The very last bath of childhood

By Kelli Kirk
@SeaFlourChild

As a new parent seventeen years ago, the idea of bathing an infant who I could hold in the palm of my hand was bone-deep terrifying. I left the bathing of my new daughter to her father. On the day he returned to work from his very short leave, I had to squarely face my own fears.

Giving a newborn a sponge bath is somewhat tricky due to their small size and fragile nature. Not only do you need to keep parts of them dry, but you need to keep them calm and comfortable, too.

—Wikihow, How To Give a Newborn a Sponge Bath

I longed for those sweet hours in the hospital, when capable nurses bathed and handled my newborn. They whisked her tiny body with confidence, wrapping her in warm blankets. It seemed inevitable that if I were left alone to wash her, I would snap her bird-like limbs.

Recently my youngest child, on the cusp of becoming a teenager, gave up his daily bath in favor of showering. “Mom. I’m getting way too old for that stuff. I’m only taking showers now,” he announced. So these last few weeks I have been thinking about all the hours I’ve logged sitting beside a bathtub.

Important: Never leave your baby alone in a bath—not even for a moment. If you must get to the phone, the stove, or whatever, take baby with you.

—WebMD, Baby’s First Bath

Bath time has set the clock for our evening family life these past seventeen years. Slowly, over time, as my confidence in my parenting grew, so too did I begin to look forward to bath time. I relished the motions of moving small humans through shampoo, fresh jammies, story time, and finally bed. After my divorce, I spent some indelible years as a solo parent. On the occasional unbearable evening, I’d count down the hours…the minutes…until bath time signaled the end of a very long day.

As my children matured, I thought I’d finally be able to claim those 20 minutes, uninterrupted, for myself. I imagined I would read or even pee, alone, instead of being called one more time (still! really?) to assist a child in the bath—with a drink of cold water, reading a book, locating a bath toy, or my personal favorite: “MOM! Can you get this dog out of here for me?”

In my years as a mother, I have spent approximately 5,000 hours sitting on uncomfortable toilet lids, next to a chattering child who is in a warm bath. An early ritual of reading aloud to my children while they bathe has continued through their childhood. My kids are five years apart, and by the time my oldest was able to stay in the bath without me, I had a newborn and started the journey all over again.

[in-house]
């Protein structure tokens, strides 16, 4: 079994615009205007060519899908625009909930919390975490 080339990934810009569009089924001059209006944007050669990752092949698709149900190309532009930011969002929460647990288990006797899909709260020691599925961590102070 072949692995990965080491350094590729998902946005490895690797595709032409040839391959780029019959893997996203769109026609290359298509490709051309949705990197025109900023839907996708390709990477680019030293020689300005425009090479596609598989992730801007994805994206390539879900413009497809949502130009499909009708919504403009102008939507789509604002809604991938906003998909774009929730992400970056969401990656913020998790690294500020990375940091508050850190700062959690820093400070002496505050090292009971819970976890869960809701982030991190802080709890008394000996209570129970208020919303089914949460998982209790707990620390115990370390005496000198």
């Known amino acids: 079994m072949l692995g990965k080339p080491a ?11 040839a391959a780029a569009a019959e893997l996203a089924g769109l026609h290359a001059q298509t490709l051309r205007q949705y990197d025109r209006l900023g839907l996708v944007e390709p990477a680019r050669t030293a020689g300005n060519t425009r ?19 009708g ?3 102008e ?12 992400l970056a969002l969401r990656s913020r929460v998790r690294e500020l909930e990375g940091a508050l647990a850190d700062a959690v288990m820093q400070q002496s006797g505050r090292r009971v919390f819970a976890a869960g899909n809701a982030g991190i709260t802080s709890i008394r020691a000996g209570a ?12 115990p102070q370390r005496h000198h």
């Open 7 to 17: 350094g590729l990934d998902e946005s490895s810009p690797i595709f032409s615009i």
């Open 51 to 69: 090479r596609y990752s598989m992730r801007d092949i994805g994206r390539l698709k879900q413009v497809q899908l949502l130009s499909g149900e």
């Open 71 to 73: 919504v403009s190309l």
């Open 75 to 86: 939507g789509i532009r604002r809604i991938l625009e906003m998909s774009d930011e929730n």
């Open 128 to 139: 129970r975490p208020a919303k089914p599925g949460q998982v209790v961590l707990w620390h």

Choose a time when you’re not rushed or likely to be interrupted. Some parents opt for morning baths, when their babies are alert. Others prefer to make baby baths part of a calming bedtime ritual. If you bathe your baby after a feeding, consider waiting for your baby’s tummy to settle a bit first.

—Mayo Clinic, Bath Bath Basics

This past weekend, while I gathered up the last flotsam and jetsam of the too-crappy-to-even-donate bath toys, I thought about the grief of parenting.

The thing about the last time our kids take a bath is that, among the many other lasts of parenting, we don’t actually know it is the last until it’s already happened.

I will always be a parent. But I also know that my daily work of actively caring for dependent young children will inevitably come to an end. The reality of this unthinkable scenario becomes even more concrete with every passing month as my children move through adolescence. I cannot imagine a time without children, just as one month ago I could not imagine an evening without bath time.

By reaching behind/under your baby and then holding on to his opposite arm throughout the bath, you will help to ensure that he will have your unwavering support.

—American Academy of Pediatrics, Ages & Stages

My journey as a parent began frozen in a fear of the unknown and it promises to wrap up rooted in that same feeling as I face the uncertainty of my life after raising children.

In the not so far future, I will wake up in a quiet house, and my children will be gone. That day is foreshadowed by something as simple as a boy with growing independence, who has decided he has enjoyed his very last bath of his childhood.

If mother prefers to soap the baby first, and then rinse him in the tub, she should remember that unless a baby that has been soaped is held securely…he may slip out of her hands.

—The Complete Book of Mothercraft, 1952

Kelli Kirk lived in a renovated yellow school bus as a child, traveling the country, and is now settled in a crooked old house in Seattle where she parents two teenagers and bakes for the State Fair. She may be found most days carrying out large scale vintage clothing rescue efforts at local thrift stores.

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